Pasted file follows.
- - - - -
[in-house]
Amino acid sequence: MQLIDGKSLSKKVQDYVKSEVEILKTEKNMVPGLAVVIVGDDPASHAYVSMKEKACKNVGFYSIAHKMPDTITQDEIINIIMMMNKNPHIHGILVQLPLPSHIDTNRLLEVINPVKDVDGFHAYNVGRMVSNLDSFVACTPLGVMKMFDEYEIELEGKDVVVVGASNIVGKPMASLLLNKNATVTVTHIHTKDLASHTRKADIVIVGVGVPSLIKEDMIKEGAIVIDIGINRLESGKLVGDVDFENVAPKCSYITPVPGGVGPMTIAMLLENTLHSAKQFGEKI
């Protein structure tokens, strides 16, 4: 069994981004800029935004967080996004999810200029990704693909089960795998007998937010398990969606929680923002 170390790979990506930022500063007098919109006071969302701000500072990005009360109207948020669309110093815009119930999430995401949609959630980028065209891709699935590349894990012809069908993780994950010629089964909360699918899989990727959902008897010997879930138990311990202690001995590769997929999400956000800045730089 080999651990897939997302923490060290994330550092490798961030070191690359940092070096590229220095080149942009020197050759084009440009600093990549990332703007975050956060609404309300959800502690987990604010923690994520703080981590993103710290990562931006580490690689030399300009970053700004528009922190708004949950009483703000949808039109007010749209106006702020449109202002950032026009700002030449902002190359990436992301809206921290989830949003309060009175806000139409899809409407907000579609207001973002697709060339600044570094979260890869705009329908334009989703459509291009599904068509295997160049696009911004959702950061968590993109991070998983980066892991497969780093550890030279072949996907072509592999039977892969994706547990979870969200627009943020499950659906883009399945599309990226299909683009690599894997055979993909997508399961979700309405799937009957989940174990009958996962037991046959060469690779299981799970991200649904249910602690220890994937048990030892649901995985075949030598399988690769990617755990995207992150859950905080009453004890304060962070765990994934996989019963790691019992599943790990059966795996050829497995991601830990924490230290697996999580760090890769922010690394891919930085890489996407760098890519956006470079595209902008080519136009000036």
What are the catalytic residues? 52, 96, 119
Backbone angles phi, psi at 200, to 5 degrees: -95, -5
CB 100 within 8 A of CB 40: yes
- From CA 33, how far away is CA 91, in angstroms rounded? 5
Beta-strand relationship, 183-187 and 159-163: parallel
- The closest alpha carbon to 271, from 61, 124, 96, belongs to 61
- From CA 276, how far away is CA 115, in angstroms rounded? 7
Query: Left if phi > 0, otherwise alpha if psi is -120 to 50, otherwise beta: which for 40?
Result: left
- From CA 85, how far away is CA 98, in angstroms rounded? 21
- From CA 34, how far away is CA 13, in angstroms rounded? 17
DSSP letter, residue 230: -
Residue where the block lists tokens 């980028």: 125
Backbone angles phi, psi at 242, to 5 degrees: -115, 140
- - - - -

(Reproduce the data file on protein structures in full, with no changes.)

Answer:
[in-house]
Amino acid sequence: MQLIDGKSLSKKVQDYVKSEVEILKTEKNMVPGLAVVIVGDDPASHAYVSMKEKACKNVGFYSIAHKMPDTITQDEIINIIMMMNKNPHIHGILVQLPLPSHIDTNRLLEVINPVKDVDGFHAYNVGRMVSNLDSFVACTPLGVMKMFDEYEIELEGKDVVVVGASNIVGKPMASLLLNKNATVTVTHIHTKDLASHTRKADIVIVGVGVPSLIKEDMIKEGAIVIDIGINRLESGKLVGDVDFENVAPKCSYITPVPGGVGPMTIAMLLENTLHSAKQFGEKI
């Protein structure tokens, strides 16, 4: 069994981004800029935004967080996004999810200029990704693909089960795998007998937010398990969606929680923002 170390790979990506930022500063007098919109006071969302701000500072990005009360109207948020669309110093815009119930999430995401949609959630980028065209891709699935590349894990012809069908993780994950010629089964909360699918899989990727959902008897010997879930138990311990202690001995590769997929999400956000800045730089 080999651990897939997302923490060290994330550092490798961030070191690359940092070096590229220095080149942009020197050759084009440009600093990549990332703007975050956060609404309300959800502690987990604010923690994520703080981590993103710290990562931006580490690689030399300009970053700004528009922190708004949950009483703000949808039109007010749209106006702020449109202002950032026009700002030449902002190359990436992301809206921290989830949003309060009175806000139409899809409407907000579609207001973002697709060339600044570094979260890869705009329908334009989703459509291009599904068509295997160049696009911004959702950061968590993109991070998983980066892991497969780093550890030279072949996907072509592999039977892969994706547990979870969200627009943020499950659906883009399945599309990226299909683009690599894997055979993909997508399961979700309405799937009957989940174990009958996962037991046959060469690779299981799970991200649904249910602690220890994937048990030892649901995985075949030598399988690769990617755990995207992150859950905080009453004890304060962070765990994934996989019963790691019992599943790990059966795996050829497995991601830990924490230290697996999580760090890769922010690394891919930085890489996407760098890519956006470079595209902008080519136009000036």
What are the catalytic residues? 52, 96, 119
Backbone angles phi, psi at 200, to 5 degrees: -95, -5
CB 100 within 8 A of CB 40: yes
- From CA 33, how far away is CA 91, in angstroms rounded? 5
Beta-strand relationship, 183-187 and 159-163: parallel
- The closest alpha carbon to 271, from 61, 124, 96, belongs to 61
- From CA 276, how far away is CA 115, in angstroms rounded? 7
Query: Left if phi > 0, otherwise alpha if psi is -120 to 50, otherwise beta: which for 40?
Result: left
- From CA 85, how far away is CA 98, in angstroms rounded? 21
- From CA 34, how far away is CA 13, in angstroms rounded? 17
DSSP letter, residue 230: -
Residue where the block lists tokens 């980028």: 125
Backbone angles phi, psi at 242, to 5 degrees: -115, 140